Pot legalization opponents exaggerate dangers
Pot legalization opponents exaggerate dangers
The United States is in the midst of a marijuana revolution: There has been a steady, uninterrupted trend toward decriminalization and outright legalization. According to a guide on Governing magazine’s website, 33 states have legalized at least some form of marijuana use, including 10 in which recreational use is no longer prohibited. In New York, state lawmakers are working on a legalization bill they hope to pass by the end of the legislative session, which would allow it to edge out neighbor New Jersey to be the 11th.
It shouldn’t come as a surprise that this rapidly liberalizing legal landscape has stoked certain longstanding fears about the risks of using cannabis. In New York, legalization opponents argue pot is more harmful than advocates admit, or that it serves as a gateway to harder drugs. “There are huge dangers,” said Ed Cox, who recently stepped down as the state’s Republican Party chairman.
Overall, the portrait opponents paint is an exaggerated caricature of marijuana’s effects. But it’s important to examine the claims one by one, because some have more merit than others. They individually range from “completely unsupported, based on the available evidence” to “plausible, but in need of more research.”
And, as this conversation unfolds, it’s vital to not lose sight of the broader context: The key question isn’t just whether pot might, in some circumstances, cause harm, but whether it causes enough harm to justify the enormous cost, in both dollars spent on and lives ruined by overzealous law enforcement, of government efforts to criminalize it, especially given that a substance that appears to be far more dangerous – alcohol – is legal.
At the national level, a book published earlier this year called “Tell Your Children: The Truth About Marijuana, Mental Illness, and Violence”by Alex Berenson, a former New York Times reporter, claimed that pot use – and legalization – is linked to both serious mental health problems and violence. In an accompanying Times column, he wrote that “the first four states to legalize – Alaska, Colorado, Oregon and Washington – have seen sharp increases in murders and aggravated assaults since 2014, according to reports from the Federal Bureau of Investigation.”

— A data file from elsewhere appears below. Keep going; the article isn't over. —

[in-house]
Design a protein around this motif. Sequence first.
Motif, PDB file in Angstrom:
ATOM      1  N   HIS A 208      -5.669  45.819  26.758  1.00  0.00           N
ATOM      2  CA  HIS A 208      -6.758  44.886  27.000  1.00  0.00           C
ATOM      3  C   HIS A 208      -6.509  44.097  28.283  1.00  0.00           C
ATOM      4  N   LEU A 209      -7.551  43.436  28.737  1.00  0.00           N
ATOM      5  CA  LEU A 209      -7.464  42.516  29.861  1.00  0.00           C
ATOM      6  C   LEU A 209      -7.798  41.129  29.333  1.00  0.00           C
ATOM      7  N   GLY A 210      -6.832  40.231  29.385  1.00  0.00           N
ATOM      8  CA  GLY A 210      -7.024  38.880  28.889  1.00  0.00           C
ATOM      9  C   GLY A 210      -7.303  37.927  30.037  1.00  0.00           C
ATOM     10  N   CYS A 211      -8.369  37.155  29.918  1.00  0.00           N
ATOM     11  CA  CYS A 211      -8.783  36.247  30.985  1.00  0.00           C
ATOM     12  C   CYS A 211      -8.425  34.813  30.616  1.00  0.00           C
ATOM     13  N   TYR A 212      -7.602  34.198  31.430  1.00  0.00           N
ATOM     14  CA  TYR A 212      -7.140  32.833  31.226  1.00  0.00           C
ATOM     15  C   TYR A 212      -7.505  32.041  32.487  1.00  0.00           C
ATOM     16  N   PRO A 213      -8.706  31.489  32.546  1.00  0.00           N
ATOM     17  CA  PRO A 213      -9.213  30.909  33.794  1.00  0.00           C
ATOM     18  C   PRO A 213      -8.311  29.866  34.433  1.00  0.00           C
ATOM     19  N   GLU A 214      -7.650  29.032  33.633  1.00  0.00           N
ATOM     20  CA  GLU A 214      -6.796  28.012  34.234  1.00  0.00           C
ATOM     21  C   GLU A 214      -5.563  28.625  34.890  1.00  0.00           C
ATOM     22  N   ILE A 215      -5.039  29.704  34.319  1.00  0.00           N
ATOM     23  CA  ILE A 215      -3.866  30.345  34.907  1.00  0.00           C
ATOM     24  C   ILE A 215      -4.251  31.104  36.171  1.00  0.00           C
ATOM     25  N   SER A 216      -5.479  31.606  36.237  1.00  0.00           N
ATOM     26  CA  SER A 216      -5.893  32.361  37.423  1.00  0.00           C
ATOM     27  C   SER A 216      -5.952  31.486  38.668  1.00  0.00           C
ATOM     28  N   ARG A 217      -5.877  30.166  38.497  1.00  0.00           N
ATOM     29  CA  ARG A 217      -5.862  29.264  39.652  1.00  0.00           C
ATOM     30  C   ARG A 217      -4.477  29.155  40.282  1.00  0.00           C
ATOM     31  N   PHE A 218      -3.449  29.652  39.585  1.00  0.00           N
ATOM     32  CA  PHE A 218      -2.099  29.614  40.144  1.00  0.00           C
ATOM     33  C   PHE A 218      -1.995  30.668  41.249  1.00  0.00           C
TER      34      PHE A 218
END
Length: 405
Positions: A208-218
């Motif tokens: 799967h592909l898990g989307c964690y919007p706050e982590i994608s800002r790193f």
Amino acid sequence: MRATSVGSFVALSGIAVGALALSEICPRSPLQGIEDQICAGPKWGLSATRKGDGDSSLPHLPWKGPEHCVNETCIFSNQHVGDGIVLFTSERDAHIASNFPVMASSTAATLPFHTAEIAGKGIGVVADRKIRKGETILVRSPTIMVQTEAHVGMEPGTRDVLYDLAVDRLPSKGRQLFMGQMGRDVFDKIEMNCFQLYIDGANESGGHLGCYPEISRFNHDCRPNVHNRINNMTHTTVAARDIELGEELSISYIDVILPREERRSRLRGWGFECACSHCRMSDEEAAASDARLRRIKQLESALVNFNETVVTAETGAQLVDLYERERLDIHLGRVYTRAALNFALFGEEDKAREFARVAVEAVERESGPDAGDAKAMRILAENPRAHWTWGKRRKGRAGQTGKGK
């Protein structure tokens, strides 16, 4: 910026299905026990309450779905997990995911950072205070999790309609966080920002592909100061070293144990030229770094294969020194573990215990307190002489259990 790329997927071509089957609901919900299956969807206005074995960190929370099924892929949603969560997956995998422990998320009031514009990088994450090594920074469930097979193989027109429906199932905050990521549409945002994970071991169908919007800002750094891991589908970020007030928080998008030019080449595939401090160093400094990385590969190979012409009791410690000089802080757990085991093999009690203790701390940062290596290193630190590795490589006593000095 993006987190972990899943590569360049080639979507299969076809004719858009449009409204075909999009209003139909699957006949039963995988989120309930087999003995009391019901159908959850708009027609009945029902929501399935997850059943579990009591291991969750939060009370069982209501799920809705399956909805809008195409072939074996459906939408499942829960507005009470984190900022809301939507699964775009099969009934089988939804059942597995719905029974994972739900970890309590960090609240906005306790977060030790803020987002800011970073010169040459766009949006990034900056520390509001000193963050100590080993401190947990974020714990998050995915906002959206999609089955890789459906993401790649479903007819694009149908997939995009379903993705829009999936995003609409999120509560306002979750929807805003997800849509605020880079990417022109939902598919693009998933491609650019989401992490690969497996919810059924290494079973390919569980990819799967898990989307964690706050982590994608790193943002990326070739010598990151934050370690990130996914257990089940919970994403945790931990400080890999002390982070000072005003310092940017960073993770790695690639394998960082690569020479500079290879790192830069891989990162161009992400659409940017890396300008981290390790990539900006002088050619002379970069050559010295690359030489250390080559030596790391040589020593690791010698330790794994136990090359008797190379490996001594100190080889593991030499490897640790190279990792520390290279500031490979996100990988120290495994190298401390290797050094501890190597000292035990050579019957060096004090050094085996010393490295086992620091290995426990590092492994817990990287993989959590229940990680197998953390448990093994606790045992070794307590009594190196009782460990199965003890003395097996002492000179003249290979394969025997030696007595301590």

The evidence for a pot decriminalization-violence link is quite weak, and the evidence for a pot consumption-violence link is totally nonexistent – possibly even backward. Berenson picked a period of time during which there was a nationwide increase in murders, meaning it’s shaky to finger pot as the causal culprit. And there wasn’t a sudden uptick in all the states in question, anyway. In Washington, for example, there was a bit of a zigzag pattern to the murder rate that doesn’t quite fit Berenson’s narrative.
And when it comes to increased pot consumption – the mechanism by which legalization supposedly increases violent crime – weed smoking has gone up while violent crime has gone down. As Mark Kleiman, a drug-policy expert at New York University, pointed out to me when I first wrote about Berenson’s claims for New York magazine in January, “Cannabis consumption, and especially heavy cannabis consumption, has been on the rise since 1992,” while “over that period, national homicide rates have fallen more than 50%.” Clearly, pot use isn’t much of a risk factor when it comes to violent crime rates. (Whether or not increased pot use may actually reduce violent crime is another matter: While the drug causes relaxation in many users, and the correlation between rising consumption and dropping crime rates is suggestive, crime rates are driven by a complex web of conditions.)